Hong Kong came back, saw and reconquered at Singapore’s return to International racing on Saturday night when its two contenders Southern Legend and Horse Of Fortune stole the quinella in the $1.5 million Invitational Group 1 Kranji Mile (1600m).
The former British colony have been a long-time supporter of Singapore races during the time the former Group 1 Singapore Airlines International Cup (2000m) and its sister sprint feature, the Group 1 KrisFlyer International Sprint (1200m) were staged for 15 years at Kranji.
It was only in the latter years that they really hogged the limelight in the two showpieces with Military Attack (2013) and Dan Excel (2014 and 2015) in the last three SIA Cups and Lucky Nine (2013 and 2014) and Aerovelocity (2015) in the last three KrisFlyers, which was also taken by Sacred Kingdom (2009) and Green Birdie (2010) in earlier renewals.
Billed as the best horse in the 13-horse field all week, Southern Legend, who was given an international rating of 115 points, is the latest name from Sports Road to add its name to the Kranji roll of honour. Even if technically, it was not an International Group 1 race yet, it had all the makings of one, and it sure felt like déjà vu when the red Bauhinia flag picked up where it had left off.
Jumping smartly from marble one, Southern Legend, a Not A Single Doubt five-year-old prepared by Kranji frequent flyer Caspar Fownes, was bustled up by ace jockey Zac Purton to hold down his pole position given there were a few vying for that spot when the gates crashed back.
Once up there in the driving seat, Purton turned off the power to sleep mode, with his mount never turning a hair even when Maximus (Troy See) came cocking a snook to the visitor midrace.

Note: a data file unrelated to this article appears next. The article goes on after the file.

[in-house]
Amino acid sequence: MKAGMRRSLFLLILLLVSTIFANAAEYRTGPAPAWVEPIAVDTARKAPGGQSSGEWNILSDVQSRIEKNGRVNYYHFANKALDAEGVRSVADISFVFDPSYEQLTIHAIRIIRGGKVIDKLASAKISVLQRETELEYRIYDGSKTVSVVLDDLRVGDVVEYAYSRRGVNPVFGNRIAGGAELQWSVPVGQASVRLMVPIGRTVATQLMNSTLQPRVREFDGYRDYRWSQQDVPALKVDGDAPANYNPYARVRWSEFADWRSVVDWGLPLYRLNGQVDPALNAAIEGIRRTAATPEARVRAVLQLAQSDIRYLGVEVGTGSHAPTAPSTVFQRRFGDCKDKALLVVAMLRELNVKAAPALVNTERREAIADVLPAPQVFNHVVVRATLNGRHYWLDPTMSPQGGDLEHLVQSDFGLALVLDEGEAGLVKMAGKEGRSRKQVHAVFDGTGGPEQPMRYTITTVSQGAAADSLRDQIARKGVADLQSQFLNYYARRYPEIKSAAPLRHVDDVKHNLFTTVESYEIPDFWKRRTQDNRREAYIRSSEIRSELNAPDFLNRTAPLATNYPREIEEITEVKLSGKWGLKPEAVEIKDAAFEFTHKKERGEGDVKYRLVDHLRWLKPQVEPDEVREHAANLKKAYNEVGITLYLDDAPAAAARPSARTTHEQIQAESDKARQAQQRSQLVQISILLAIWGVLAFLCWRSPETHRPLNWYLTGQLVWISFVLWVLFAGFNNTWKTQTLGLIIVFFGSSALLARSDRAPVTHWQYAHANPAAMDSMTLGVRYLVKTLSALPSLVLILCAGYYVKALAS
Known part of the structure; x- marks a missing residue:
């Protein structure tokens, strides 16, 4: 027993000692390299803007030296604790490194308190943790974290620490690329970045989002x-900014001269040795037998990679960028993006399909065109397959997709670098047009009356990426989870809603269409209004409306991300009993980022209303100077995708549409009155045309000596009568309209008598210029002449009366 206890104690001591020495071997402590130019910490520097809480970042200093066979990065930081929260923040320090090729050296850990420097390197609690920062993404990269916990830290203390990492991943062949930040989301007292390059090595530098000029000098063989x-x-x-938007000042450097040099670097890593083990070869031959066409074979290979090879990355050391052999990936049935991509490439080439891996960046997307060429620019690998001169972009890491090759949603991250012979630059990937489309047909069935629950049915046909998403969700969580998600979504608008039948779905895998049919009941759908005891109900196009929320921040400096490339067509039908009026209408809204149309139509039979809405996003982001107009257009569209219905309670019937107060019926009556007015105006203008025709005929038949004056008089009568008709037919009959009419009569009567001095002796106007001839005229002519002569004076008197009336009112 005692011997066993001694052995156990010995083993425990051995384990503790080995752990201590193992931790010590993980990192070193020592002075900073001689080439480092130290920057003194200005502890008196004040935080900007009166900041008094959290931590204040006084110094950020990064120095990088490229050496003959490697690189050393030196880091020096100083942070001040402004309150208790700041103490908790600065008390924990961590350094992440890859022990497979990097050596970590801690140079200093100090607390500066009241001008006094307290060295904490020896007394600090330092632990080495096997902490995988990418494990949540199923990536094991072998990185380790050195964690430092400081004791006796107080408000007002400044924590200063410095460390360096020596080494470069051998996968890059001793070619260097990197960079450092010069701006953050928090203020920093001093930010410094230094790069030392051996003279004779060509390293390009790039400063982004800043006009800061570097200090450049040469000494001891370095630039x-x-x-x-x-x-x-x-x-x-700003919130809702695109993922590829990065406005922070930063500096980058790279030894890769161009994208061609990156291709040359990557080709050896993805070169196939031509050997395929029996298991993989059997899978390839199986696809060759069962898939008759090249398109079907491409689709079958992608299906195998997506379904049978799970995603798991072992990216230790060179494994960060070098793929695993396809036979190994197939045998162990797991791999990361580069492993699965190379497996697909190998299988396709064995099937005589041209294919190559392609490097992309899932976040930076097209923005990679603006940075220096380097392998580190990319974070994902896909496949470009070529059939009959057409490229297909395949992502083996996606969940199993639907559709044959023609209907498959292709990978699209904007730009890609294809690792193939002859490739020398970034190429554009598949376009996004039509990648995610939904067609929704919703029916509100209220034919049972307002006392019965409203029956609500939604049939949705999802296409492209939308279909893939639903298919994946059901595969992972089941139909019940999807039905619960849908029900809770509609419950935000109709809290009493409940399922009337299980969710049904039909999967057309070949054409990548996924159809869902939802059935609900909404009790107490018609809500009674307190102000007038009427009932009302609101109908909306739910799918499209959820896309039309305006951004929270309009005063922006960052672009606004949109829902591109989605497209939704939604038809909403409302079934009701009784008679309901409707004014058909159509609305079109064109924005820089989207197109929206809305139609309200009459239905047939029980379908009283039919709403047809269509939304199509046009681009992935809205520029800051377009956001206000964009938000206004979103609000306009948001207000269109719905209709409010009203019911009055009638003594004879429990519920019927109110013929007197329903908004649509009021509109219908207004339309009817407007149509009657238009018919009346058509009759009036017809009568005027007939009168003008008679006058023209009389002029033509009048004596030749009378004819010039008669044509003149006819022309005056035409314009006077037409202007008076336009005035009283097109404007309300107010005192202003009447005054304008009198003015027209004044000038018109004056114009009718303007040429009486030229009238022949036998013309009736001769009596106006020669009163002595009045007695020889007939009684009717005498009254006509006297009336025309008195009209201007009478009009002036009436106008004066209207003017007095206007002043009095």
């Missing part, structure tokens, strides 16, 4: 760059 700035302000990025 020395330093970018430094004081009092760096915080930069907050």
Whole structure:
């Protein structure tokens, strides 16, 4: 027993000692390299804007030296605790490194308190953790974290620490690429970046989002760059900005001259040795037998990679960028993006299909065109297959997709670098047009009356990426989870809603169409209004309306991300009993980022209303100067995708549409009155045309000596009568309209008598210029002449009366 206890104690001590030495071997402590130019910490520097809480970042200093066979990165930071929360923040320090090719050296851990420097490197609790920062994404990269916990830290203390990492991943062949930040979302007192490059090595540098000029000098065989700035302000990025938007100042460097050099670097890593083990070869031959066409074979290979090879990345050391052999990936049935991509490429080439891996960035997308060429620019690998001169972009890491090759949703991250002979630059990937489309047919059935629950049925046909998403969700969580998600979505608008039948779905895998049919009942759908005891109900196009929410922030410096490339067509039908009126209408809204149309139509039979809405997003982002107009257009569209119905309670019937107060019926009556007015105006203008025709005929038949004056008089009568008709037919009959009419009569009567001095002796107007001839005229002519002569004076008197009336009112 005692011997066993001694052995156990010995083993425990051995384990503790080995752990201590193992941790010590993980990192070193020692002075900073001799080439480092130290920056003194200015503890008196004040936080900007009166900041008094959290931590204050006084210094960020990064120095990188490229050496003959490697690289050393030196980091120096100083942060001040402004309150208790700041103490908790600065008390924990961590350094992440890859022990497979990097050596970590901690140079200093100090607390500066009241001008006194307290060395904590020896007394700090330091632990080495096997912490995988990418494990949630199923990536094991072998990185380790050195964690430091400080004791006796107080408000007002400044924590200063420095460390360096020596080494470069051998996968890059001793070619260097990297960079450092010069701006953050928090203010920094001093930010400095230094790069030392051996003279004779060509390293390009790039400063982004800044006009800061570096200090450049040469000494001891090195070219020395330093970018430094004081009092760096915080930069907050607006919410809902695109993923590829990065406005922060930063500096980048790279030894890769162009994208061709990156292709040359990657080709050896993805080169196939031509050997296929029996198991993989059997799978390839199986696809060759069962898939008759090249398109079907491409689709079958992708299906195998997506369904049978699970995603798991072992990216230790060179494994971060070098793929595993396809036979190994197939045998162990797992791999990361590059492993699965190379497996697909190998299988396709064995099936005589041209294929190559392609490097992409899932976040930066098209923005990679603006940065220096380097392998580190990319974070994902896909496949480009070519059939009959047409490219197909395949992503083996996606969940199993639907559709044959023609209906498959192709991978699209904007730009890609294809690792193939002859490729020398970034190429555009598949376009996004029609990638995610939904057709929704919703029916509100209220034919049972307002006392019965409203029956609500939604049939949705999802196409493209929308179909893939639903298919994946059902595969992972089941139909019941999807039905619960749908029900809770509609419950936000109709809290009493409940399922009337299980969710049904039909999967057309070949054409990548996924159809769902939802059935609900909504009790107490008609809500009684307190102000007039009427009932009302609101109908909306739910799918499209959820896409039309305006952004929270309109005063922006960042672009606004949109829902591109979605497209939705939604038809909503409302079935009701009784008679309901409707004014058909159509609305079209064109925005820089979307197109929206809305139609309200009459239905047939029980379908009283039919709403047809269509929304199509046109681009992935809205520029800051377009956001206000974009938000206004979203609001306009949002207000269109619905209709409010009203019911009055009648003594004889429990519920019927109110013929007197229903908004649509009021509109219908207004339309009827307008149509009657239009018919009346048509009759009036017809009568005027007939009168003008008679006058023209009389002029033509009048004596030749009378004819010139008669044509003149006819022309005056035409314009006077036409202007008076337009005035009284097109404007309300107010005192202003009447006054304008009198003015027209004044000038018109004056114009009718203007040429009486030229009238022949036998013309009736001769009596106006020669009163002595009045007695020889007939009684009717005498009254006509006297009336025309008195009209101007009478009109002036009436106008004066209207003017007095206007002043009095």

The Alwin Tan-trained galloper continued on his cheeky run as he took a stab at glory just before the corner when he was the first greet the judge, but Purton was unimpressed, still letting Southern Legend bowl along on a long rein.
Horse Of Fortune had in the meantime popped off the fence to jostle for a run as he collared Maximus three wide while Circuit Land (Alexis Badel), the tough-as-nails Chairman’s Trophy winner was aiming to replicate the same searching run out in wide territory.
They were in for some sight.
As Southern Legend niftily cut the corner at the point of the turn, he effortlessly ambled back to the lead. Purton redid his reins, threw out the anchors – and accidentally, his whip, but it would not matter – the Hong Kong galloping machine was set in full flight.
Behind, the wheels were spinning amidst the chasing pack. Horse Of Fortune looked one-paced but was still holding sway in the battle for second place. Among the locals, the top picks like Infantry (Vlad Duric), Elite Excalibur (Michael Rodd) and Circuit Land were struggling to conjure up their usual dash.
Southern Legend was already out of reach as he romped in by three lengths from Horse Of Fortune for a Hong Kong 1-2 that many had already forecasted after they respectively drew gates one and two at the barrier draw on Thursday night.
Showing the benefit of a ground-saving run in the box seat, Tan’s third runner (after Infantry and Maximus) beat Clarton Super (Azhar Ismail) to third place by a neck. The Tan Kah Soon-trained galloper also picked up a bonus for being the second local runner past the post: $50,000.
Sent out as the even-money favourite, Southern Legend clocked the smart time of 1min 33.79secs for the 1600m on the Long Course, only 0.51 second outside the record established by Magneto in 2014.